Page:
Literature and Research

Palmer, P. (1998). Thirteen ways of looking at community. Centre for courage and renewal. http://www.couragerenewal.org/PDFs/13-Ways-of-Looking-at-Community-ParkerJPalmer.pdf

Parker Palmer describes what true community looks like where everyone is valued and heard. Connection and authenticity are at the heart of the community. Each member is responsible for their own personal work and understands the nature of an interconnected collective.

Palmer, P. (2000). Leading from within. Let your life speak: Listening for the voice of vocation (p. 1). John Wiley & Sons, Inc. http://www.couragerenewal.org/PDFs/Parker-Palmer_leading-from-within.pdf

In this chapter Parker Palmer discusses authenticity in leadership and its power to touch hearts, and in turn touch the world. It is necessary for any leader to examine their own shadows and make choices about what they project on others.

Brown, B. (2018) Dare to lead. Random House.

Dare to lead discusses the journey to becoming a courageous leader - one who lifts others and brings their true self to the table. Brene Brown shares the necessity of examining values and allows oneself to be vulnerable in order to lead from the heart. A leader is ““anyone who takes responsibility for recognizing the potential in people and ideas, and has the courage to develop that potential.”Dare to lead discusses the journey to becoming a courageous leader - one who lifts others and brings their true self to the table. Brene Brown shares the necessity of examining values and allows oneself to be vulnerable in order to lead from the heart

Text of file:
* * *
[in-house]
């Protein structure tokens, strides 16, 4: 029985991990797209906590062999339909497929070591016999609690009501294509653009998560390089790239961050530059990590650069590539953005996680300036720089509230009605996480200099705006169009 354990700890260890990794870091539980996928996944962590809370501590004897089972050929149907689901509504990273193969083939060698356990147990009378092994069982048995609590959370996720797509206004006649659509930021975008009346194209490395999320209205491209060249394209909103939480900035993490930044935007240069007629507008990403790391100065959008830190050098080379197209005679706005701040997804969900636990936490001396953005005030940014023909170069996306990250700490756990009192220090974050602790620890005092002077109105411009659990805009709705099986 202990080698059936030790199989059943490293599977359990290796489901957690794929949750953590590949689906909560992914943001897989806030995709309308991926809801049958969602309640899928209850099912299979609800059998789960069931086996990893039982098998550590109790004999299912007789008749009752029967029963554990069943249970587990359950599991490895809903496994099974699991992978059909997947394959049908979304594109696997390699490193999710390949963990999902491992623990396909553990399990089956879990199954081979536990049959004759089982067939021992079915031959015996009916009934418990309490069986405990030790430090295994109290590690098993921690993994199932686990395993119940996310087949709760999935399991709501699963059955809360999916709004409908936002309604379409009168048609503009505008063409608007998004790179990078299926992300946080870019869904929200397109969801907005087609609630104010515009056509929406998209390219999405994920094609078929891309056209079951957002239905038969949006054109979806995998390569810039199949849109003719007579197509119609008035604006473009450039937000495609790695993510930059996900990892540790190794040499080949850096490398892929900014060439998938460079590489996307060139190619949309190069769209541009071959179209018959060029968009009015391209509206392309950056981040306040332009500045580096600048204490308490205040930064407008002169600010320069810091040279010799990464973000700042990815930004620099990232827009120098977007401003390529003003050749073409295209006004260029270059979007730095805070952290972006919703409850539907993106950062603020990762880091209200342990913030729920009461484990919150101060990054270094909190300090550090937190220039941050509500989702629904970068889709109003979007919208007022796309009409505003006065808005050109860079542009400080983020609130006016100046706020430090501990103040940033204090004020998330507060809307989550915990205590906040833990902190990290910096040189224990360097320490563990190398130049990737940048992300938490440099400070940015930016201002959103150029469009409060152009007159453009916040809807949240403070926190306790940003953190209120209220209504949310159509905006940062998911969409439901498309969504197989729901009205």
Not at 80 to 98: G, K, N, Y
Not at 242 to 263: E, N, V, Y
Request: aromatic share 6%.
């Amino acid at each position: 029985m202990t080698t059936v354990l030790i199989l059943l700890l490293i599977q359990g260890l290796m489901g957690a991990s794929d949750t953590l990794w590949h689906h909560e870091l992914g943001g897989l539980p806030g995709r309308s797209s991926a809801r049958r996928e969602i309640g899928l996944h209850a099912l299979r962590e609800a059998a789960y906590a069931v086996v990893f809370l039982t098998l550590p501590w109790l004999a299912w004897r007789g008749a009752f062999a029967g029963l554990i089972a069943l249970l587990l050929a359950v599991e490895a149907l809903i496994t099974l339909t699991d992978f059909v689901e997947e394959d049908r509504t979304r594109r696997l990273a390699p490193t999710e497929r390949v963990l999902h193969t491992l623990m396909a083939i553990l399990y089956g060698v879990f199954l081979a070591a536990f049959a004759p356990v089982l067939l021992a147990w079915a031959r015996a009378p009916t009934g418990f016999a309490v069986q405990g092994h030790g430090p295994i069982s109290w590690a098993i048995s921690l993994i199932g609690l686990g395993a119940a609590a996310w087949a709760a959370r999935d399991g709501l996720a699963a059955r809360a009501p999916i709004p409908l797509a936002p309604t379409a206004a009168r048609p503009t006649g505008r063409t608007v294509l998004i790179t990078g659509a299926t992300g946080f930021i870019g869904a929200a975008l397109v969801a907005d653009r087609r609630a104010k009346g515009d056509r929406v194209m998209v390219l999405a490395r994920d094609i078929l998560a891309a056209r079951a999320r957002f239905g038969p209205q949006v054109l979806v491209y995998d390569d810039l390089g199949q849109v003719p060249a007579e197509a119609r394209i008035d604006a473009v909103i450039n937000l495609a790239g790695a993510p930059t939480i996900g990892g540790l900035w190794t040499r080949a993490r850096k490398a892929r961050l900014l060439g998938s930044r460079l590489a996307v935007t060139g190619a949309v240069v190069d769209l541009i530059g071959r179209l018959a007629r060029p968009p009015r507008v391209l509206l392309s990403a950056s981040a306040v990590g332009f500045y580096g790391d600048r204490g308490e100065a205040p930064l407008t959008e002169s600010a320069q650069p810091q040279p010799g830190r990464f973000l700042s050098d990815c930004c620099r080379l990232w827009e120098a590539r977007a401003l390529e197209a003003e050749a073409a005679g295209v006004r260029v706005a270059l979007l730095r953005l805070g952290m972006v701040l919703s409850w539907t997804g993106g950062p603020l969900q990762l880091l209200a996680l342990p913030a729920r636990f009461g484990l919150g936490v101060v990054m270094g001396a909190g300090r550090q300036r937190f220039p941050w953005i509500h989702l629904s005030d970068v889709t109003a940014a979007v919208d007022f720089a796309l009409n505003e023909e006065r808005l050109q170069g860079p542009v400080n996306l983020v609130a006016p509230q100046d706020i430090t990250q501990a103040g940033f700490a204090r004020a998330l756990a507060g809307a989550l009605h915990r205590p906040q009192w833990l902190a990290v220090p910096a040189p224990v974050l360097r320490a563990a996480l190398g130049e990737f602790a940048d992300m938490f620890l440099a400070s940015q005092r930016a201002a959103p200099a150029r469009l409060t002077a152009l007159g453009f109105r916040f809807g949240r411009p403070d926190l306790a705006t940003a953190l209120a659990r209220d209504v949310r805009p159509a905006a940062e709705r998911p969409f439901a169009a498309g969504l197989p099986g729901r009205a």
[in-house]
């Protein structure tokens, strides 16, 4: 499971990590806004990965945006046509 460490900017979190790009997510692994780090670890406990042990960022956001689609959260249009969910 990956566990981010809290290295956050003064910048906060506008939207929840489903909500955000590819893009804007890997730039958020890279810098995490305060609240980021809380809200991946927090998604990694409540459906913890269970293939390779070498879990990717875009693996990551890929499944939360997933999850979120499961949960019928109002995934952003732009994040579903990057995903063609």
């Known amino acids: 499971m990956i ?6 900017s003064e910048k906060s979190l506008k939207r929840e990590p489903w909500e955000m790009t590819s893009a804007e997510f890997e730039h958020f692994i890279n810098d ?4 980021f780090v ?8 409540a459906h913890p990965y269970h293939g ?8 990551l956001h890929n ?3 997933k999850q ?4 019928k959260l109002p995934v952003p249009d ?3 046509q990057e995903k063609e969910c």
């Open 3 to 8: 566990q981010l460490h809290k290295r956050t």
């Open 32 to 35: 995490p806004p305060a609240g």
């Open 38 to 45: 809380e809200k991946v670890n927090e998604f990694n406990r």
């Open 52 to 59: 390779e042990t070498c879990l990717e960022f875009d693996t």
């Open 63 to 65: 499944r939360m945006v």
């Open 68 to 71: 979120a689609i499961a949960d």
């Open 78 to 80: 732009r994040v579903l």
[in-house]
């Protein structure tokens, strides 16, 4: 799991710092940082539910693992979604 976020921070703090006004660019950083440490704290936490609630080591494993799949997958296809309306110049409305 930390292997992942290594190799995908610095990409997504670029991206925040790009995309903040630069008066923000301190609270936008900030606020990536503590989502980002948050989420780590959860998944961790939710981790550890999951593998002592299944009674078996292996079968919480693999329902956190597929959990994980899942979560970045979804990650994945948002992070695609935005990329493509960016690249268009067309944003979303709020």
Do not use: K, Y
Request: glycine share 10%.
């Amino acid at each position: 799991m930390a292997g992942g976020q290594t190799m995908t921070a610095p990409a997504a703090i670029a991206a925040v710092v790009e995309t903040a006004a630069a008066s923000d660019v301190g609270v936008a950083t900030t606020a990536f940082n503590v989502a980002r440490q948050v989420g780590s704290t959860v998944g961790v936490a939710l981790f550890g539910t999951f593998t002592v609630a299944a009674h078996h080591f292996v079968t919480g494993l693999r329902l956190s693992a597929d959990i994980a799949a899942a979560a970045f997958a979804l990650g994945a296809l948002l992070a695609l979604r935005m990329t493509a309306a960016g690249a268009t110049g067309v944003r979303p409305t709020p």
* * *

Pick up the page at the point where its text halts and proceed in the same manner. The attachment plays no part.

Scharmer, O. (2018). The essentials of theory U. Barrett-Koehler.

Theory U describes a framework for generating new possibilities with a vision of where we are in relation to a larger world ecosystem. Otto Scharmer proposes that what prevents us from growing and keeps us repeating patterns that don’t apply to today’s world is lack of self awareness as to what is causing our actions, and to what we are paying attention to. He outlines processes for leaders to move through this.

Mitchell-Pellett, MA. (2020). Introduction: Leading with heart: Self care, collective care, and justice. Leading with Heart: Enacting self-care, collective care, and justice. (1-18) Word & Deed.

This collection details an overview of the concept of heart led leadership and shares the role of leader as a lifter and enabler of others to grow and contribute their own gifts through mindful seeing, hearing, understanding and engagement. A variety of professionals share their personal journeys towards heart centered leadership.

Wellness and Community Blogs to Learn More

Navigating the Bridge: A Framework for Creating Community - this blog describes a framework in which components of self exist within a community and shares the idea that when parts of ourselves are not in balance, we can support one another.

Creating a Clear Picture of Community - this blog establishes the foundational understanding of a conscious, flourishing community.